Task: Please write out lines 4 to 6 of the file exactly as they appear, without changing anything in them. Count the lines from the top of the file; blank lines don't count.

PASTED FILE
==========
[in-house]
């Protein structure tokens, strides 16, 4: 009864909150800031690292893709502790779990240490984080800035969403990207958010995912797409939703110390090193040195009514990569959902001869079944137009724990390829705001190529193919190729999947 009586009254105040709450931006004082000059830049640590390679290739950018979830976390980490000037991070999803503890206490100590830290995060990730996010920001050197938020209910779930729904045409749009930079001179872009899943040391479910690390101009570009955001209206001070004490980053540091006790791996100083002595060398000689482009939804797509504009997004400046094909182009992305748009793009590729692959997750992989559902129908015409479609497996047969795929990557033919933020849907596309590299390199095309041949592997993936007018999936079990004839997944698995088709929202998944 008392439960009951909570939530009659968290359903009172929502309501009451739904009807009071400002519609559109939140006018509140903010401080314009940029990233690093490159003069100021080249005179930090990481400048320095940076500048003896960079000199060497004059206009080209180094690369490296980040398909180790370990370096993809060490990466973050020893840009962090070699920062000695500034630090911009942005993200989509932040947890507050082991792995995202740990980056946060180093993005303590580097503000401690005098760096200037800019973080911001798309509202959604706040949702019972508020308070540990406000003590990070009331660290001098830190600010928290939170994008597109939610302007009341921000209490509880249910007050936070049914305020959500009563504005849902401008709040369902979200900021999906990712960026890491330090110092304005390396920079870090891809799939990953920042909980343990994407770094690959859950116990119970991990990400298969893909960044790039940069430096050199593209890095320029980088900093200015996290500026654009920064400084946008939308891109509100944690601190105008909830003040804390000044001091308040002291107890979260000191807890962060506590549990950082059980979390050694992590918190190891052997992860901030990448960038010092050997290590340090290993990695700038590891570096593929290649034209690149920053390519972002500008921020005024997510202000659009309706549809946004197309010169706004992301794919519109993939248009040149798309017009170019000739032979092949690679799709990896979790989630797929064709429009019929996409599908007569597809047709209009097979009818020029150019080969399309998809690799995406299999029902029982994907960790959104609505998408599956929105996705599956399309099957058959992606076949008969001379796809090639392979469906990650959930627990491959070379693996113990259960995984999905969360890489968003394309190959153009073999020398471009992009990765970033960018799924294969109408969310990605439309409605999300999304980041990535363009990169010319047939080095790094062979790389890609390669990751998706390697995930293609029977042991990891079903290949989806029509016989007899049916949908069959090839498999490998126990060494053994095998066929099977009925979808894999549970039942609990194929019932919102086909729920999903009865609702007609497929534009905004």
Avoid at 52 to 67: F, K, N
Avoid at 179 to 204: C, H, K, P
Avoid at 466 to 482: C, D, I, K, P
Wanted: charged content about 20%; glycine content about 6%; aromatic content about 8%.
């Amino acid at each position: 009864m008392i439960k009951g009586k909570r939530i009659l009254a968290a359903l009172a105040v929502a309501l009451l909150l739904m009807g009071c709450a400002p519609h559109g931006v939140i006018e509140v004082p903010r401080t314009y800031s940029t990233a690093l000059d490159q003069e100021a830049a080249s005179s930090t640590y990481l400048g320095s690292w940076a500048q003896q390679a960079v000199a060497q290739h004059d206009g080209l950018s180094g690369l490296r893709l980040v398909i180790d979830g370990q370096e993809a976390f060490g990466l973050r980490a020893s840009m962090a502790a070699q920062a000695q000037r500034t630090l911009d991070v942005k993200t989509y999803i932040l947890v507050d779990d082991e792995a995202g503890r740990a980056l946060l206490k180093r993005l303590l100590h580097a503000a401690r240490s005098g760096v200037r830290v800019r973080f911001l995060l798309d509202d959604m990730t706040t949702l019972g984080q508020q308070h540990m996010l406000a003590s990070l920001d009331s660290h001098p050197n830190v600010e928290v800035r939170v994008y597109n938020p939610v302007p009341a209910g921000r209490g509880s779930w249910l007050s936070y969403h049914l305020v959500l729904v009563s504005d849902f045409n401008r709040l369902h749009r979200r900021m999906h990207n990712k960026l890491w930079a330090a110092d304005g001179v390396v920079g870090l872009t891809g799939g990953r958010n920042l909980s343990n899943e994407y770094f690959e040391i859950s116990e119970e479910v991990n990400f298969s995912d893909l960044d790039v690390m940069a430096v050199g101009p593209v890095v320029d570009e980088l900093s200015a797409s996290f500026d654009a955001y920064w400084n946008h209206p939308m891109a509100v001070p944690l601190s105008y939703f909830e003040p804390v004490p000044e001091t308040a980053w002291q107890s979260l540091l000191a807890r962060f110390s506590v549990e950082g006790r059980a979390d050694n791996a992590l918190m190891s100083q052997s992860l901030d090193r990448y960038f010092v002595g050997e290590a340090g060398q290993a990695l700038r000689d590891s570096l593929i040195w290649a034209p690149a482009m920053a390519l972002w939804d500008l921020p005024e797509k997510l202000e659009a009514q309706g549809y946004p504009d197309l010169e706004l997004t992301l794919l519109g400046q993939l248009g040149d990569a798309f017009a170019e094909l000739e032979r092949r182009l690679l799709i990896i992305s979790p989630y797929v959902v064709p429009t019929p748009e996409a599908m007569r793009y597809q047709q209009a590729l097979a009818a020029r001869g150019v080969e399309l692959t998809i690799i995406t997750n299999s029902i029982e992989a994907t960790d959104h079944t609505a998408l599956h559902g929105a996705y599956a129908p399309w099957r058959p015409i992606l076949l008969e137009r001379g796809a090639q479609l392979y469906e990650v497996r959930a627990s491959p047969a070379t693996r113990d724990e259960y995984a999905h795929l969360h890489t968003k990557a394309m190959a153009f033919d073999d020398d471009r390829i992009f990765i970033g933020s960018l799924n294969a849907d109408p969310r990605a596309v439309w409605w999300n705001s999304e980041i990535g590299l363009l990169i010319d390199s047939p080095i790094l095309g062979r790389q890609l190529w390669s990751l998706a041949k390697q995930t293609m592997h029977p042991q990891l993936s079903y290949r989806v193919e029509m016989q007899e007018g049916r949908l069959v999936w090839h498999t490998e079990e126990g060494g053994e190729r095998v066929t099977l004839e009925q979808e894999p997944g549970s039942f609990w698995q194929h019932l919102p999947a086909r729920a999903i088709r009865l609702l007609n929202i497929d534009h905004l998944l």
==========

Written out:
Avoid at 179 to 204: C, H, K, P
Avoid at 466 to 482: C, D, I, K, P
Wanted: charged content about 20%; glycine content about 6%; aromatic content about 8%.